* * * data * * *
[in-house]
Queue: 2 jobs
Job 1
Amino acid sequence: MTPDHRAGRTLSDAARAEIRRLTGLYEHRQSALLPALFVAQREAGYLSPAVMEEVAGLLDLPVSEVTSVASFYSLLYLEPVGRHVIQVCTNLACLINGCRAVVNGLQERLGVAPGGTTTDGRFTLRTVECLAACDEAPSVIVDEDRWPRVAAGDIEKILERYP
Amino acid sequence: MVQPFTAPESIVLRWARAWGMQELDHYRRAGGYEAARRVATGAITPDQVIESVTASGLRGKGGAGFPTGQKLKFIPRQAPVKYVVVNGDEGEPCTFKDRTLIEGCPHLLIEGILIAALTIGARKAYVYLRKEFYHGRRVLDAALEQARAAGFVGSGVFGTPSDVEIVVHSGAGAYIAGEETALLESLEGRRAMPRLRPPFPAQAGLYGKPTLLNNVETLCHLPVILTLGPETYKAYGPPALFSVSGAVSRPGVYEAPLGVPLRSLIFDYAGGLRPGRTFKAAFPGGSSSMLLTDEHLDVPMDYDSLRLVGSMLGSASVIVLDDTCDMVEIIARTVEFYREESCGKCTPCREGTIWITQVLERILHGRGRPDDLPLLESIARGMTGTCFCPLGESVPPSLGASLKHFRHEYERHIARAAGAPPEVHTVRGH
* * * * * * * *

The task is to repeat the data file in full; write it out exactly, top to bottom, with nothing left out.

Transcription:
[in-house]
Queue: 2 jobs
Job 1
Amino acid sequence: MTPDHRAGRTLSDAARAEIRRLTGLYEHRQSALLPALFVAQREAGYLSPAVMEEVAGLLDLPVSEVTSVASFYSLLYLEPVGRHVIQVCTNLACLINGCRAVVNGLQERLGVAPGGTTTDGRFTLRTVECLAACDEAPSVIVDEDRWPRVAAGDIEKILERYP
Amino acid sequence: MVQPFTAPESIVLRWARAWGMQELDHYRRAGGYEAARRVATGAITPDQVIESVTASGLRGKGGAGFPTGQKLKFIPRQAPVKYVVVNGDEGEPCTFKDRTLIEGCPHLLIEGILIAALTIGARKAYVYLRKEFYHGRRVLDAALEQARAAGFVGSGVFGTPSDVEIVVHSGAGAYIAGEETALLESLEGRRAMPRLRPPFPAQAGLYGKPTLLNNVETLCHLPVILTLGPETYKAYGPPALFSVSGAVSRPGVYEAPLGVPLRSLIFDYAGGLRPGRTFKAAFPGGSSSMLLTDEHLDVPMDYDSLRLVGSMLGSASVIVLDDTCDMVEIIARTVEFYREESCGKCTPCREGTIWITQVLERILHGRGRPDDLPLLESIARGMTGTCFCPLGESVPPSLGASLKHFRHEYERHIARAAGAPPEVHTVRGH